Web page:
The Art of Batting - II Watching down the pitch from the bowlers.

The Art of Batting - II

- By Polly Umrigar    


Watching down the pitch from the bowlers end, the batsman's toe should be just about in line with the leg stump. Some batsmen rest their bat behind the right toe. This encourages straighter back lift and sounder for defense play. The left shoulder should be pointing down the pitch or very nearly so with the head turned so that both eyes are clearly focused on the bowler The batsman should try and be relaxed and comfortable. 


Many coaches teach their pupils the necessity of taking one's bat back perfectly straight. But actually, many players fail because their thoughts are concentrated on where their elbow is or where the bat is instead of playing the ball. The player who uses the crease area and takes the bat backwards absolutely straight would find himself out hit wicket.

So long as the batsman is in the right position at the time of playing the ball, I do not think any thing can go wrong, even if his bat comes down from the first slip.

Whether the bat is taken back straight towards the stumps or towards first slip, one should ensure that it is not too high. The backlift should be no higher than is necessary for a proper balance between control in defence and power in attack.

Some coaches teach right-handed batsmen players to take the bat back with the left hand. Due to this a defensive complex starts to build up. The right hand should also predominate sometimes - in the pull shot for instance, and the left hand, especially in defence.


What is meant by the term' footwork'?

The answer - Movement of the feet, so as to be in the right position with plenty of time to spare. Footwork should have a requisite speed and should be coordinated with perfect judgment.

Footwork is certainly one of the keys to batsmanship; it is to batting what foundation is to a house. Without it, there can be no structure.


When playing back defensively, the bat in its downward path should pass just outside the right pad as it comes forward to meet the ball.

VVS Laxman

VVS Laxman executes
the backward defensive
shot in the nets.

Coinciding with the initial movement of taking the bat back, the right foot must be moved back and across in front of the stumps. The left foot should be automatically brought across so that the stumps are completely protected.

The toe of the right foot should point towards the extra cover or mid-off region. The full weight of the body should be taken on the right foot. 'The right hand slides down to the bottom of the handle, to give added Control. Try to play the ball towards the bowler or mid-on rather than towards cover. For a rising ball, the right hand should be left loose.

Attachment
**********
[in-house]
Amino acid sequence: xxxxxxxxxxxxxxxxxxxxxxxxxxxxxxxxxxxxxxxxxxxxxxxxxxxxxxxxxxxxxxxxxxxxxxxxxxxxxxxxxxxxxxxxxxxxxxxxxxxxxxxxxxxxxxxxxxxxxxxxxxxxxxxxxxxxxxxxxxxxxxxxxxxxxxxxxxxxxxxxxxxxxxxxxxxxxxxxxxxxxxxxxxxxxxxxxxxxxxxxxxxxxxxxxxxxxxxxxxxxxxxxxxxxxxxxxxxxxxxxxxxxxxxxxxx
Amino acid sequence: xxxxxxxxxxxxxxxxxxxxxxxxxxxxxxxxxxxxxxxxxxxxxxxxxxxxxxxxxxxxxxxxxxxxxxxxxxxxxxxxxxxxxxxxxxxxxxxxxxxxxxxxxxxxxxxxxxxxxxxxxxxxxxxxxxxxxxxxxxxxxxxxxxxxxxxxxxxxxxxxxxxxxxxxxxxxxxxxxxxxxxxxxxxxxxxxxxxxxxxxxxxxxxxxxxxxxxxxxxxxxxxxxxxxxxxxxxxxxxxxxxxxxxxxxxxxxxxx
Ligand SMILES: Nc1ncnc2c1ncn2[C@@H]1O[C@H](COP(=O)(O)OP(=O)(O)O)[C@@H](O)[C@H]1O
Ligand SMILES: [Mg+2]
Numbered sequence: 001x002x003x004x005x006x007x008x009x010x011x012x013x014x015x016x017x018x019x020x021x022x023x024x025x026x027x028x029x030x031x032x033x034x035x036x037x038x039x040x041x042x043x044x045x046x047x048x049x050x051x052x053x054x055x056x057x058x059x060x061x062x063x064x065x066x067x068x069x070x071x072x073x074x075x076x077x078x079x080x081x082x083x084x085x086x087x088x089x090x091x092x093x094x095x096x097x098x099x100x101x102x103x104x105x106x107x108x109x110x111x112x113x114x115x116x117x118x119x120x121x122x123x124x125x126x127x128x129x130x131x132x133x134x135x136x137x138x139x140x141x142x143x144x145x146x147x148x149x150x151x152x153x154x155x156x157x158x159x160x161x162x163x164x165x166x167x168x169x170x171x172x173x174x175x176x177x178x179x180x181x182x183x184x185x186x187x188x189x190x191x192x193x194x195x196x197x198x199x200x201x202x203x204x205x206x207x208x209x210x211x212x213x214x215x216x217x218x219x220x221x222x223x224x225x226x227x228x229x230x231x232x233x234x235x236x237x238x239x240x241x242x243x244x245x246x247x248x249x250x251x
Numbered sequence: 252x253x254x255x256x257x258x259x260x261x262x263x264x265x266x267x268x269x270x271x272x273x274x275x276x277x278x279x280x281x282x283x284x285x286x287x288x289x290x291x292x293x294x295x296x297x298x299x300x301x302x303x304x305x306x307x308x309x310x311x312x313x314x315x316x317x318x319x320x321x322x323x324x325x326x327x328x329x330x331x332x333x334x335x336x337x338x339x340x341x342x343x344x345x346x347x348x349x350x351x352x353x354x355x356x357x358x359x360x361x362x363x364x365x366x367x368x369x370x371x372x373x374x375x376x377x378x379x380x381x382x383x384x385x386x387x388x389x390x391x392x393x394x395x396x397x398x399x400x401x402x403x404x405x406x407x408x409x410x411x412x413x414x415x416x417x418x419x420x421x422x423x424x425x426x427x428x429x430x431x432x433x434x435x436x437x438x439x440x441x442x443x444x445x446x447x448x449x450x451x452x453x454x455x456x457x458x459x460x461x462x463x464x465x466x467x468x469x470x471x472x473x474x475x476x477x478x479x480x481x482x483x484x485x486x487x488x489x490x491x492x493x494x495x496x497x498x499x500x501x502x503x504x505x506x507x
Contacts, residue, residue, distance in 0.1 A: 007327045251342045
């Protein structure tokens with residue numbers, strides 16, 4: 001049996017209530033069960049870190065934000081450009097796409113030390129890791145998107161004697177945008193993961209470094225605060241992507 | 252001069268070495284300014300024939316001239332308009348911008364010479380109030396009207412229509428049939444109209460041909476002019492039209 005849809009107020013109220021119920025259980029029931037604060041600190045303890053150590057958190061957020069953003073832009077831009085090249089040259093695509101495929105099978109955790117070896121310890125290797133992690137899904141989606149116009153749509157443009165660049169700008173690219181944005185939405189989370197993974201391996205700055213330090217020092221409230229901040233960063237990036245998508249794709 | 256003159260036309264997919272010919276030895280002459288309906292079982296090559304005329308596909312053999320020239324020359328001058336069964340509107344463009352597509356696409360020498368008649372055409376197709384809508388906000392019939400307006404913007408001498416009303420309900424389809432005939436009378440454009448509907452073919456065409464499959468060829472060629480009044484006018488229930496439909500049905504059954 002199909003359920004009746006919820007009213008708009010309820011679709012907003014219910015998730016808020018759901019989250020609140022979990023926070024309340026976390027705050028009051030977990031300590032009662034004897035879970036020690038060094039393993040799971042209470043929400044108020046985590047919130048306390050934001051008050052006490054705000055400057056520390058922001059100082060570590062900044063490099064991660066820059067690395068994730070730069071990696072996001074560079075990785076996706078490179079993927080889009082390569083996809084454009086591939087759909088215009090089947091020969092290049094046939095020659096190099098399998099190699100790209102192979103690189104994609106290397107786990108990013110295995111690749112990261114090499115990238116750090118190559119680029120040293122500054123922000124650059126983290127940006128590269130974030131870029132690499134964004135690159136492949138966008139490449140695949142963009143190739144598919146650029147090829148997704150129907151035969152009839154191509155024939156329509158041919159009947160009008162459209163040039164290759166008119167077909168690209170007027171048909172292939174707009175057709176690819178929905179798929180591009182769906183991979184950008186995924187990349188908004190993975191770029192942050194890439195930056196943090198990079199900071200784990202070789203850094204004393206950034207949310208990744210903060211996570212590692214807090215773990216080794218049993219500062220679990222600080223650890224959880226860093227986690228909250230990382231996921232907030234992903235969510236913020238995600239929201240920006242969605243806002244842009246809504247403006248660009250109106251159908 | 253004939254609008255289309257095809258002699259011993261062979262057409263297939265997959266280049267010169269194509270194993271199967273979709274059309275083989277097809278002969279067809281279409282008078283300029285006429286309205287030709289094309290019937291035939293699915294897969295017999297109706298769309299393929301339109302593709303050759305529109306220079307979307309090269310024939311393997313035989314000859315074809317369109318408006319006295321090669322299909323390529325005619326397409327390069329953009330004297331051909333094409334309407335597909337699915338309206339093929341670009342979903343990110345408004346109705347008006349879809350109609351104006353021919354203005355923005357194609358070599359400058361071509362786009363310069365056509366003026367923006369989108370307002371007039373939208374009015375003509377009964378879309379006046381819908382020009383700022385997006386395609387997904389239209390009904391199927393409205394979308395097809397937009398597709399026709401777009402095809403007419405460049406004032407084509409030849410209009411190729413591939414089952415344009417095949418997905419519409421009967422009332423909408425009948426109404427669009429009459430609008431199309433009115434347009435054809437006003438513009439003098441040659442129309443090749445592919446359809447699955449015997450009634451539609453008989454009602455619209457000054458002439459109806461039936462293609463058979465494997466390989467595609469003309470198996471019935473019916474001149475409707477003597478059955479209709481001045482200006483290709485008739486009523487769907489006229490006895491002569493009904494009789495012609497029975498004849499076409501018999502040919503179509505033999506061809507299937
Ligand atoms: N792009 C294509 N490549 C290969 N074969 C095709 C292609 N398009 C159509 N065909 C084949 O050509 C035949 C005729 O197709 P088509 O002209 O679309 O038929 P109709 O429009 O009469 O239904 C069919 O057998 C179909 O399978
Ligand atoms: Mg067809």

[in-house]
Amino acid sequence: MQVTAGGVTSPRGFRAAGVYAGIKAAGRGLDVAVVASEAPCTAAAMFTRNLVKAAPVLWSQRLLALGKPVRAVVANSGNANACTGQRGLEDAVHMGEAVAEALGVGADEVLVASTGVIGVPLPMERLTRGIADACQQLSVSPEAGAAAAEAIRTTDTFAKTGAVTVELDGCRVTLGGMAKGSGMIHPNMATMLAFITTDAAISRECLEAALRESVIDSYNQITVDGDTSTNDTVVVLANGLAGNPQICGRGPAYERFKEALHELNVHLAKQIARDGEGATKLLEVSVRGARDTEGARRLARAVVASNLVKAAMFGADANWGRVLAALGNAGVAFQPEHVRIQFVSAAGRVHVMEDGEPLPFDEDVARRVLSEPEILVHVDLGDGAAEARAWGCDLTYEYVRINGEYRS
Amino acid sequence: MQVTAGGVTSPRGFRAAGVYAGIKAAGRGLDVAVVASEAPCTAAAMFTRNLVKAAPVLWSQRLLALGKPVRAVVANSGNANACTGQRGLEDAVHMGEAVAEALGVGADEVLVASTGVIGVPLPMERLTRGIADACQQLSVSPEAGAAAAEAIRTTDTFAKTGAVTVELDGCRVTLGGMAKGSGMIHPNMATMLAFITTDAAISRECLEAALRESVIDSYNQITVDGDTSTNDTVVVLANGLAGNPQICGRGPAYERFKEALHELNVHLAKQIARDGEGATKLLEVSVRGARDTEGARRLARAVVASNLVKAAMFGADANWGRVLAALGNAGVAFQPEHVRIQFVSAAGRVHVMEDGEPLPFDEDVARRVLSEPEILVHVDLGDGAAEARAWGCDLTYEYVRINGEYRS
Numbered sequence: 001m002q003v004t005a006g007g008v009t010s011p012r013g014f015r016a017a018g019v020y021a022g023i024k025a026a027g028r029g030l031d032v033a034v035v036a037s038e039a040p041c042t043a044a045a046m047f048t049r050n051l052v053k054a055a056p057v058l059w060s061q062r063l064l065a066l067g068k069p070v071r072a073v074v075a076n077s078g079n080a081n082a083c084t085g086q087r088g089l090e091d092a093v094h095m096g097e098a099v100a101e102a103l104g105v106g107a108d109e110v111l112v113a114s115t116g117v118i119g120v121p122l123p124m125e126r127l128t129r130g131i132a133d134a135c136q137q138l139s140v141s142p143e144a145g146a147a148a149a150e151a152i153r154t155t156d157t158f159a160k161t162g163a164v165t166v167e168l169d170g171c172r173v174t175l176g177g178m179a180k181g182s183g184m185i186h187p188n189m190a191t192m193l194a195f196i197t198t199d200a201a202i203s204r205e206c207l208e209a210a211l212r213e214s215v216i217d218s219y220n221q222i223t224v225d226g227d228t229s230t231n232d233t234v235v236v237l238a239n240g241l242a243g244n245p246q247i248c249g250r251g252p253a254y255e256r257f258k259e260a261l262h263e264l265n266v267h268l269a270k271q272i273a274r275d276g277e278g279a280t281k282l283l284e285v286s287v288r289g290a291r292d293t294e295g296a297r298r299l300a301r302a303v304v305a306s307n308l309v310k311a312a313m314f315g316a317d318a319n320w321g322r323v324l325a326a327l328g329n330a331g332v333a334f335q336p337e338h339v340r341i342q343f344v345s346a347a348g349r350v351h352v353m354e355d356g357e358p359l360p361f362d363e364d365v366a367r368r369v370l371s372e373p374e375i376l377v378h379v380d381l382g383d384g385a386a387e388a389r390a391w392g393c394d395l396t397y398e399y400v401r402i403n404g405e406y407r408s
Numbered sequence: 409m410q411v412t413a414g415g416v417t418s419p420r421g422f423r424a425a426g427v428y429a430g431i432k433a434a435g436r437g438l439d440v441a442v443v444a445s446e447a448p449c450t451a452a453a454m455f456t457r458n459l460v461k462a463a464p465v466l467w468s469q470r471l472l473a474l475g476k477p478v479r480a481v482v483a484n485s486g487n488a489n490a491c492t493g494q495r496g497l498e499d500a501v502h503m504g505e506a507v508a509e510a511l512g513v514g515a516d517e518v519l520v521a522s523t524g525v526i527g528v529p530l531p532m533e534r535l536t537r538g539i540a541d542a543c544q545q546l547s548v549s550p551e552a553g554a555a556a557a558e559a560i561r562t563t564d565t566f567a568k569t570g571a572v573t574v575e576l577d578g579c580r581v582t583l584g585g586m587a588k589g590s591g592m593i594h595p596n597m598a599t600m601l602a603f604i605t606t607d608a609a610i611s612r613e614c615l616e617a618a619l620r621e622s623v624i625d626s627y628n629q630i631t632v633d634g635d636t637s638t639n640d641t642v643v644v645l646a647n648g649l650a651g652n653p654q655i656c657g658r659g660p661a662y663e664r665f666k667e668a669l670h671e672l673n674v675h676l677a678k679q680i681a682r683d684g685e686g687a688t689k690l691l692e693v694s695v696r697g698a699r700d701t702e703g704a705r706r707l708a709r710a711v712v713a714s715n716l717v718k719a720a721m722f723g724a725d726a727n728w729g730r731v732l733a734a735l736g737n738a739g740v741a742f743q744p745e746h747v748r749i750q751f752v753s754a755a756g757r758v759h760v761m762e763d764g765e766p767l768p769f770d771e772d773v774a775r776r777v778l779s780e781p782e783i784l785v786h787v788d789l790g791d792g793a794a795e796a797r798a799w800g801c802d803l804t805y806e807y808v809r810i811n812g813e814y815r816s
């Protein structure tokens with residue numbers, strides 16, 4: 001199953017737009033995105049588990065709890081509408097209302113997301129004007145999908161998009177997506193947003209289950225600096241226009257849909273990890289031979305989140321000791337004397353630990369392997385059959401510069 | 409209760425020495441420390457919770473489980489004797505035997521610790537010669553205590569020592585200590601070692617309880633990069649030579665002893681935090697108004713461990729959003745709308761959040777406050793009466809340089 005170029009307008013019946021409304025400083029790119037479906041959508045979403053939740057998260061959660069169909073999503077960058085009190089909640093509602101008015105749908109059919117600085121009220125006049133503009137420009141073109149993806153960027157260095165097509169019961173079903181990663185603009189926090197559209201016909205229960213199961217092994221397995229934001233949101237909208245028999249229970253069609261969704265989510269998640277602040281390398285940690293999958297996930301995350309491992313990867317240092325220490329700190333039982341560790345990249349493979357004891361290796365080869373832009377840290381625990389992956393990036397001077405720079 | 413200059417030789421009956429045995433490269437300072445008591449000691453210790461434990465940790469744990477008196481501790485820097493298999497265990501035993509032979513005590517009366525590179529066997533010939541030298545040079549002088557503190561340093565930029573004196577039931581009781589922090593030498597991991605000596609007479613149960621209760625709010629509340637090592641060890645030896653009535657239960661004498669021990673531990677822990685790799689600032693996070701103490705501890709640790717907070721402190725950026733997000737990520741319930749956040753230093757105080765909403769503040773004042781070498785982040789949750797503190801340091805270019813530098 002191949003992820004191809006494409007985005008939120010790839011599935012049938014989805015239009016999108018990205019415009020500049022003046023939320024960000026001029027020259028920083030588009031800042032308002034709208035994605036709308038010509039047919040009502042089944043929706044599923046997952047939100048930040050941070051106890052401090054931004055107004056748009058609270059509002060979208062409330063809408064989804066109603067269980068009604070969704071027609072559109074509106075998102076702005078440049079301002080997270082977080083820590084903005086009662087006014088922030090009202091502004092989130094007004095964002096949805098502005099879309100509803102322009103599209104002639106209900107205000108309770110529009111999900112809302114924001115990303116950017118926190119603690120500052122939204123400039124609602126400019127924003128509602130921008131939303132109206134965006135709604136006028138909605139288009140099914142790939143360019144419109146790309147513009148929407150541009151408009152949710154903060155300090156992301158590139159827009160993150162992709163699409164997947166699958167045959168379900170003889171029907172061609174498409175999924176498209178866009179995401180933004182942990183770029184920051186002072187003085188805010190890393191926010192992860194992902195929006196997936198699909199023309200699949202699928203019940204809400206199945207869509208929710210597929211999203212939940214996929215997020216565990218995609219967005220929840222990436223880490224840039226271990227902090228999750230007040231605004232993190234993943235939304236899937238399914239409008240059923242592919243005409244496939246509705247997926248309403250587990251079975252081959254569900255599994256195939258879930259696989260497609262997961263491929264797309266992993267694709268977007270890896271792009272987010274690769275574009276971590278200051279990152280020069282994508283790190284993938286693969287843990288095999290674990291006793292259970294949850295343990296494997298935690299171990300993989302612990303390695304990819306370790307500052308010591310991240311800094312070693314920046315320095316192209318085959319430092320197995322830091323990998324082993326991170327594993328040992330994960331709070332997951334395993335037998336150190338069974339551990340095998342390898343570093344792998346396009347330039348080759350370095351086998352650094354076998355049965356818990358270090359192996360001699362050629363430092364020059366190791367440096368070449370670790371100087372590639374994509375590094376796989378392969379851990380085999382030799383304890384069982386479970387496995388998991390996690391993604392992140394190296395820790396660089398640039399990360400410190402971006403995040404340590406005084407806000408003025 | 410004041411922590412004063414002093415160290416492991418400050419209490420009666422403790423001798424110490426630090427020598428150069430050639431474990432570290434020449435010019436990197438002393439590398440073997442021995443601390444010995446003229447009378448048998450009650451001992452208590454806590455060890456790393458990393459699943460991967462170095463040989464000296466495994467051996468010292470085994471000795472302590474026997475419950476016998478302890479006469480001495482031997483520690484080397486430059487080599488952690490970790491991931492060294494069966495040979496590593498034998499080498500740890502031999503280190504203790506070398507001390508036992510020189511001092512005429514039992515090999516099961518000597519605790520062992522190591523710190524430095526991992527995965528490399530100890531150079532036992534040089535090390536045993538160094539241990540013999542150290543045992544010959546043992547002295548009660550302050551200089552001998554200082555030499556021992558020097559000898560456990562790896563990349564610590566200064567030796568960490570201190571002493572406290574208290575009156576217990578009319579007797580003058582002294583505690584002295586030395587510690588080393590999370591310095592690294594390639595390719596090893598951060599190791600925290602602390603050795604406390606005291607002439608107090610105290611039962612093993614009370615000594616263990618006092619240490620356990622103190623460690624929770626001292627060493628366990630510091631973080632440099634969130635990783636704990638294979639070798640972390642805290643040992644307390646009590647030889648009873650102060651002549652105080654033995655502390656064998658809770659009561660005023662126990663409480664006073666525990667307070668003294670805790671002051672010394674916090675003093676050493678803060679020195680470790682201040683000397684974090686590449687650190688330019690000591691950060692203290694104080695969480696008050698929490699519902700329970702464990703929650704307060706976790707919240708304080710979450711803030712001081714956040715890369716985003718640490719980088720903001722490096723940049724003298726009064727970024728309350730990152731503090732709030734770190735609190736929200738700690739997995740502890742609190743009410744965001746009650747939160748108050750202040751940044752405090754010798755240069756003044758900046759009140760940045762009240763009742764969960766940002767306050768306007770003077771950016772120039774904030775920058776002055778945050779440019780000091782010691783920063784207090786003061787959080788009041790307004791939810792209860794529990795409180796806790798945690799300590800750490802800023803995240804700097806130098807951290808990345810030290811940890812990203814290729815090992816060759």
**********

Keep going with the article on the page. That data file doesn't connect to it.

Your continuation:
Keep the head well over the line of flight and down. Lifting the head is fatal and generally results in cocking the ball up or hitting it on the edge.

Both the backward and forward defence should be practised in front of a mirror.


This type of defensive stroke should be used when the ball is pitched farther up than a good length. There is not much of a backlift and the bat has to be kept absolutely perpendicular. The handle of the bat should be kept forward of the blade in order to keep the ball down.

The batsman should always play close to the front leg, so that the ball cannot get between bat and pad. The left shoulder and elbow should lean forward towards the pitch of the ball and drag the front foot and body forward.

The left knee should be bent slightly to hold the weight of the body in balance and the left toe should be pointed towards cover, mid-off or the bowler, varying it according to the direction of the ball.

Keep the head well forward and down. The right toe must be kept firmly behind the batting crease to avoid being stumped. In forward defence, the left hand is in control, the right hand grip becomes a thumb and first two fingers should be placed at the bottom of the handle.

The left hand should be over the handle. The left hand at the back of the handle curbs any tendency to follow through.


When a slow bowler is operating and is giving the ball a reasonable amount of air by tossing it up, he is naturally doing this to try to get more turn on the ball. The batsman's job is to counter this idea and one of the best ways in which to do this is to use the feet and go down the wicket to attack the bowling, either hitting it on the half volley or full toss to prevent the spin from taking effect.

To be continued...  The Art Of batting - III